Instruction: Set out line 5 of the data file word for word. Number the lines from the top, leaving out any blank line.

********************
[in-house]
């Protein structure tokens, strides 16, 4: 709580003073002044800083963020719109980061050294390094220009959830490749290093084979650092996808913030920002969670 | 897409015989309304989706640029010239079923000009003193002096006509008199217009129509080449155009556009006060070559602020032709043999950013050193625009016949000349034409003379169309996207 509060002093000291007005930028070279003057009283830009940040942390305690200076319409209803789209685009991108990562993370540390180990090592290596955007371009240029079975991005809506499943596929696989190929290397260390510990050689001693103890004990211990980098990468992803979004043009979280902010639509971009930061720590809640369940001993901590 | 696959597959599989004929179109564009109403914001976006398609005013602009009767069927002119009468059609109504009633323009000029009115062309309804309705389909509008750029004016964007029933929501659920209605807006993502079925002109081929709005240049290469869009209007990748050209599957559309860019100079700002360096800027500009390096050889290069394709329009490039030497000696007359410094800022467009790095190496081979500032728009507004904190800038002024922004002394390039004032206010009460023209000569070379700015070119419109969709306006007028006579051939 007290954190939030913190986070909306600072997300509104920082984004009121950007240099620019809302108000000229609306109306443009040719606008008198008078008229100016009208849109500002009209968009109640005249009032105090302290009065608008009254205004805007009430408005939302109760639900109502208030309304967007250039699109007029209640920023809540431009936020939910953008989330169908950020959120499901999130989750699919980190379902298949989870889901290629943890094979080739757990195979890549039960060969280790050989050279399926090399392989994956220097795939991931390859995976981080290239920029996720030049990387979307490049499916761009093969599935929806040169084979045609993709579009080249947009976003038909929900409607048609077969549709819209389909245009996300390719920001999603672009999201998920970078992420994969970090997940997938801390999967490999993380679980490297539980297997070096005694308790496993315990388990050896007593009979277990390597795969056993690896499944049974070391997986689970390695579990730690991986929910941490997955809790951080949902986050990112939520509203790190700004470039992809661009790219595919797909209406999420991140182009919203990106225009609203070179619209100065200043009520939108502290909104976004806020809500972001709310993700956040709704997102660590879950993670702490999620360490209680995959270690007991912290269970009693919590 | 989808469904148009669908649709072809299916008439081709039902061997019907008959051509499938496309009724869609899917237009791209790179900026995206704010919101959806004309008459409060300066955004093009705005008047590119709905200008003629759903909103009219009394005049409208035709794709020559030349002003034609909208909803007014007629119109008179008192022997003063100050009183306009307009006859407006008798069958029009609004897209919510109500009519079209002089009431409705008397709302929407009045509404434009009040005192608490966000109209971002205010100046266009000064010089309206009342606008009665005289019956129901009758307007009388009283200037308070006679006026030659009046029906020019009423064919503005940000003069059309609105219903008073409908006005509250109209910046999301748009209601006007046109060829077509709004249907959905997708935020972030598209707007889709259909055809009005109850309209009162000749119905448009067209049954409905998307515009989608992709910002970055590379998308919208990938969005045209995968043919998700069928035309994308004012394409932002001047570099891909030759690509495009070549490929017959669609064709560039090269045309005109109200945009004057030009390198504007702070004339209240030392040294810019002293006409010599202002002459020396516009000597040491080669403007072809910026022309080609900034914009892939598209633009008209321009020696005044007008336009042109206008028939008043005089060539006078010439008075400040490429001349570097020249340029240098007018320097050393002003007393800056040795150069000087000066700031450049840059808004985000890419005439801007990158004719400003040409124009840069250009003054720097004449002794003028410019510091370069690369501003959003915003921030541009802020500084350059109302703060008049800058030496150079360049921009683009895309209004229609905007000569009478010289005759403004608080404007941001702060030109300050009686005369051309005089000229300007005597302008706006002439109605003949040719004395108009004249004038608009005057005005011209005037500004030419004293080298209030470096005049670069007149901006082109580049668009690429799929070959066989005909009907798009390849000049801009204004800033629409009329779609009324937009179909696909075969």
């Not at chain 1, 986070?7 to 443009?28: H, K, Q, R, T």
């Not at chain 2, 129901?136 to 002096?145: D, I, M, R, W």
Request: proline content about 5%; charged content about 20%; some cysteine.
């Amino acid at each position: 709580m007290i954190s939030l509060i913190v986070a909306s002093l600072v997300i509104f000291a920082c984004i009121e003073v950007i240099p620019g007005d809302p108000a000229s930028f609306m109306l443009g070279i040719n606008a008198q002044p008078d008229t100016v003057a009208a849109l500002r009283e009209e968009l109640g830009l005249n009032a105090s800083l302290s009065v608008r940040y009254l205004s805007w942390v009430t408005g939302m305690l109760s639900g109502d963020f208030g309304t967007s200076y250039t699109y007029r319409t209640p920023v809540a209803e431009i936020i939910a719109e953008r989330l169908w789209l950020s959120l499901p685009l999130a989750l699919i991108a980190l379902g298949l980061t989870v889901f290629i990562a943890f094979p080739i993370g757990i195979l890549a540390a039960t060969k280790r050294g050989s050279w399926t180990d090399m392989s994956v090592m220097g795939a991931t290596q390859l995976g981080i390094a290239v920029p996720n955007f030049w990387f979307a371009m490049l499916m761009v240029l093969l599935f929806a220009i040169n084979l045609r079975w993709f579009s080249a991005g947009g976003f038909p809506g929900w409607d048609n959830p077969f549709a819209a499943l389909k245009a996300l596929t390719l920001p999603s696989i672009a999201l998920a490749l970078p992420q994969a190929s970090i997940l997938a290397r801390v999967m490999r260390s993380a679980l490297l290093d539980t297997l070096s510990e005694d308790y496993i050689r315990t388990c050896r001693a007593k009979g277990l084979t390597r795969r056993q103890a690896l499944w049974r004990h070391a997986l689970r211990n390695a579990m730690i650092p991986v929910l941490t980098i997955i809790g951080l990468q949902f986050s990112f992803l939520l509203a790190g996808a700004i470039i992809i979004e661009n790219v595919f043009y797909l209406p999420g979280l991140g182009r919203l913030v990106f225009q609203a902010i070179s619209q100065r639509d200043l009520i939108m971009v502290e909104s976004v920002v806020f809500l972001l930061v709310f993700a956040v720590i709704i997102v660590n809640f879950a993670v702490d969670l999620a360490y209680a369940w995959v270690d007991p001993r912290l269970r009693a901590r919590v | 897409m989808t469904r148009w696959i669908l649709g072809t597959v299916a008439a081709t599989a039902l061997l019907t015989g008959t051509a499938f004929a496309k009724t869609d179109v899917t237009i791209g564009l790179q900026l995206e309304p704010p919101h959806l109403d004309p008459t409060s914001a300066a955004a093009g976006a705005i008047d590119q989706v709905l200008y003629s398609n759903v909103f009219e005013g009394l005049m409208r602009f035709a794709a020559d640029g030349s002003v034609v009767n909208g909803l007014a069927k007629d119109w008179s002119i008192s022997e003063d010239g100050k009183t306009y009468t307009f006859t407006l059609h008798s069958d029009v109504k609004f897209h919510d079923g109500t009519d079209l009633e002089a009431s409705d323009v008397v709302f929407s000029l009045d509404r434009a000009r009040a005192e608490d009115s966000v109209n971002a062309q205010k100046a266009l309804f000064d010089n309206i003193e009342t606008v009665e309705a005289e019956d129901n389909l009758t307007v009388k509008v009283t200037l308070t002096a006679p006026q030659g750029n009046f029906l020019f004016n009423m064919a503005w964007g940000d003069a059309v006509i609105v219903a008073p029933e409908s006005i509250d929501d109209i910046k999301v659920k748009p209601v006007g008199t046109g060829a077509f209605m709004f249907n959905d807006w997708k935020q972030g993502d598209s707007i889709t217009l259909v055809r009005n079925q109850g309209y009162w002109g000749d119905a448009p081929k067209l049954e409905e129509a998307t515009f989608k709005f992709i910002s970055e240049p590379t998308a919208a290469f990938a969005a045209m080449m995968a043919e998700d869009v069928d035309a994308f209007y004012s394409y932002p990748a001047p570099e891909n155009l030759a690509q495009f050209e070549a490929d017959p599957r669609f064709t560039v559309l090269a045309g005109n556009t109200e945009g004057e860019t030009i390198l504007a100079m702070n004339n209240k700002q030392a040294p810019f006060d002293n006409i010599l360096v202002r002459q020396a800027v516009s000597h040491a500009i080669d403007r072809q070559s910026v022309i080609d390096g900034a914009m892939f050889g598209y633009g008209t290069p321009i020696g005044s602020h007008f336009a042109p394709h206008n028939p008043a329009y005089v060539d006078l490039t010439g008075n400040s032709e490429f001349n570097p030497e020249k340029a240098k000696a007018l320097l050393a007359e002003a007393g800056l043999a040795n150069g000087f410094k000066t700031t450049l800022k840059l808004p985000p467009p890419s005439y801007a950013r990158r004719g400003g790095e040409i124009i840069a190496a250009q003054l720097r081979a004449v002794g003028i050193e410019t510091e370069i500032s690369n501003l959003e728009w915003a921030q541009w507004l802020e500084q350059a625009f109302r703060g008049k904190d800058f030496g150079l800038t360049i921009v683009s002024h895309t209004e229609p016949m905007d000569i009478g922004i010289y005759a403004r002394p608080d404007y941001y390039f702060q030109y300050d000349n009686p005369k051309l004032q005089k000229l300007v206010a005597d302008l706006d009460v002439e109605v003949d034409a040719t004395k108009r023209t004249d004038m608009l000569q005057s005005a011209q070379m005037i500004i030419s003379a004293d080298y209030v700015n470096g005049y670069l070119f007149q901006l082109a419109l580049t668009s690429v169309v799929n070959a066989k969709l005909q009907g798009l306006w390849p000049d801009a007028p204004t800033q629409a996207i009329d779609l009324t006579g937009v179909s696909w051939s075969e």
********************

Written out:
Request: proline content about 5%; charged content about 20%; some cysteine.